She was used to being on her own. She was used to enjoying being on her own. But now that her other option was being with him, being alone didn’t sound so great anymore.
She’s the new girl. Again. Her dad’s late to pick her up from school. Again. She sighs, checking her phone and swinging her backpack from one shoulder to the other. There are a few other high schoolers milling around outside the one-story building. They joke with each other, one boy tossing a girl over his shoulder as she giggles. She barely notices. Most of the cars from the parking lot have cleared out so when she hears one approaching she looks up hoping to see her father. A boy driving a pick-up truck slows to a stop in front of her. “Hey,” he calls out tentatively. “Hey, weren’t you in my econ class?” “Uh yeah,” she says, distractedly, glancing back down at her phone again. “Hi.” She had been planning on avoiding making new friends. Again. “Uh,” he starts, “um, do you like, I mean, do you need a ride somewhere?” She looks up at him. Really looks at him. He’s smiling, a little unsure. She checks her phone one more time and when there’s still no reply from her dad, she sighs and says, “Yeah, actually, that’d be great. Thanks.”
They ride with the windows down. It’s warm in Ohio for October and the breeze brings relief – she made it through the first day at a new school. Again. She directs him turn by turn until they reach the hotel where she and her father are staying. “You live here?” he asks, eyebrows raised. “Yep.” She’s used to the tone of surprise. Most people get the wrong impression – that it’s so very glamorous to move about the country staying in hotels and living off of room service. She’d probably have the same impression if she were on the outside looking in.
“Well, thanks for the ride,” she says, looking over at him. She had texted her dad not to worry about it, that she had gotten a ride from a friend. She looks down to notice that he hadn’t replied to that message either. He’d never been much of a worrier. She puts her phone away, reluctant to get out of the truck and head into the hotel suite she shares with her dad knowing it’s empty. After a day of talking to almost no one, she would usually be grateful for continued silence, for time to spend inside her own head. For some reason, today, sitting in this truck with this other person, she didn’t feel in such a rush to be alone.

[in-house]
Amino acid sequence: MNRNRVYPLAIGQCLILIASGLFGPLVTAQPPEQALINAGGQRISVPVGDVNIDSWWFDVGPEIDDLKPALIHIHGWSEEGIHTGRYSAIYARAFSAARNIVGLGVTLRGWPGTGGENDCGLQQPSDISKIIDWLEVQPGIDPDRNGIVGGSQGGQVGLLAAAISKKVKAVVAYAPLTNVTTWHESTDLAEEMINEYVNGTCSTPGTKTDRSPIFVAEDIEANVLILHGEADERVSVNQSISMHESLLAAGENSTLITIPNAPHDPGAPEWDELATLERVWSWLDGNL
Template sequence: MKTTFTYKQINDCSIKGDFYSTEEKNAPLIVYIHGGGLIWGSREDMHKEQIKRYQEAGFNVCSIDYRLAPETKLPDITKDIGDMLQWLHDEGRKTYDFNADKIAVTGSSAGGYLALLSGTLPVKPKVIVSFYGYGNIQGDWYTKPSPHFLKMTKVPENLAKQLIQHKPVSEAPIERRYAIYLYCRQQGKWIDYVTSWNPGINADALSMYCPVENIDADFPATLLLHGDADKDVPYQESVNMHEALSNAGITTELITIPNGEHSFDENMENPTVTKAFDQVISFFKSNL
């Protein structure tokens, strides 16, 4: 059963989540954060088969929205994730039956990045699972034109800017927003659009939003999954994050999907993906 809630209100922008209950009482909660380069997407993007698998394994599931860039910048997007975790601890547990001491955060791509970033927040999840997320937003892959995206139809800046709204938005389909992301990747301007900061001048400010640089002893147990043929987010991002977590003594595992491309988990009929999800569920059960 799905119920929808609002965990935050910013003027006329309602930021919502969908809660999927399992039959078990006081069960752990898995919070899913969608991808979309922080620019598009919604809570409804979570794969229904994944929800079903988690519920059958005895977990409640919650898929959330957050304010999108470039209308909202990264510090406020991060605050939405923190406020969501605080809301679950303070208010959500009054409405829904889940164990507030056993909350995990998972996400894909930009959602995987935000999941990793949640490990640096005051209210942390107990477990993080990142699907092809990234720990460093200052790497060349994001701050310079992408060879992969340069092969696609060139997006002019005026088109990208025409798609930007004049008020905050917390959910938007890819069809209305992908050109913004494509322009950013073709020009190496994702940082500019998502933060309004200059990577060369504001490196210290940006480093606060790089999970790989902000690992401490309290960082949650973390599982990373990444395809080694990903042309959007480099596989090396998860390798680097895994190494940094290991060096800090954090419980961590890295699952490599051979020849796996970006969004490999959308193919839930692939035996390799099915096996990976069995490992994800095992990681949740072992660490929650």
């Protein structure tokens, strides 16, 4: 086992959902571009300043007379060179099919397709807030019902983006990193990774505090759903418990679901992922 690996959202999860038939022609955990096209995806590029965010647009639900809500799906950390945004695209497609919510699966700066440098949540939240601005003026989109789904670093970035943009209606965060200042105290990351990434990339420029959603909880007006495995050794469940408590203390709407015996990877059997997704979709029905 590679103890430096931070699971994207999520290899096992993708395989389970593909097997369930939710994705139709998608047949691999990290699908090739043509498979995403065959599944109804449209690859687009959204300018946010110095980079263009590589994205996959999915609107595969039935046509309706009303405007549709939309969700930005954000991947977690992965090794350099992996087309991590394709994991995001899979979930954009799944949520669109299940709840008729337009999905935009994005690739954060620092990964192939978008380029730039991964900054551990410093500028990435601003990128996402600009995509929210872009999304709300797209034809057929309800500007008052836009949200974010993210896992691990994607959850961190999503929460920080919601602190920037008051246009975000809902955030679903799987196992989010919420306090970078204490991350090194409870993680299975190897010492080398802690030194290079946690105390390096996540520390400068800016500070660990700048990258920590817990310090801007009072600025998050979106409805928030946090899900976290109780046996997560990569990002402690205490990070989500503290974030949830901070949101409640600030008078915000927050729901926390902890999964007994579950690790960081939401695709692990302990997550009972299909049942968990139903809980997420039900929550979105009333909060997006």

“So, where did you move from?” He’s awkwardly trying to make conversation. He doesn’t mind her staying put. She’s pretty, with long blonde hair and nice brown eyes. “Well, that’s a hard question.” She smiles as she shifts her body to face him more fully. She’s opening up, feeling comfortable talking to him, feeling comfortable talking to a stranger. This is new for her. She takes a moment to really look at him, to take him in. He has dark hair pulled back into a pony tail – something she never would’ve thought she’d appreciate on a boy. She almost doesn’t notice his green eyes as they struggle to maintain eye contact. She thinks this kind of conversing with a near-stranger must be new for him, too. “My father and I have moved around a lot,” she finally says. “We were in Tennessee last and before that it was Arizona and before that Washington State. I’m only a junior and this is the ninth high school I’ve been to.” “Wow,” he responds. “I can’t imagine having to endure that many first days of school! You must be brave. I’ve never lived anywhere besides Grayton.” “Must be nice,” she says, almost to herself as she looks away. Feeling as if she’s shared enough for today she repeats awkwardly, “Well, thanks for the ride,” and moves to get out of the truck. “Oh, by the way, I’m Lee,” she says as she steps down from the truck, turns and smiles. She tucks her hair behind her ear before offering her right hand to the boy who will become her first friend since grade school. “Bryan,” he says and he shakes her hand. “It’s nice to meet you, Lee.” “Yeah, you too.” She smiles and walks into the hotel.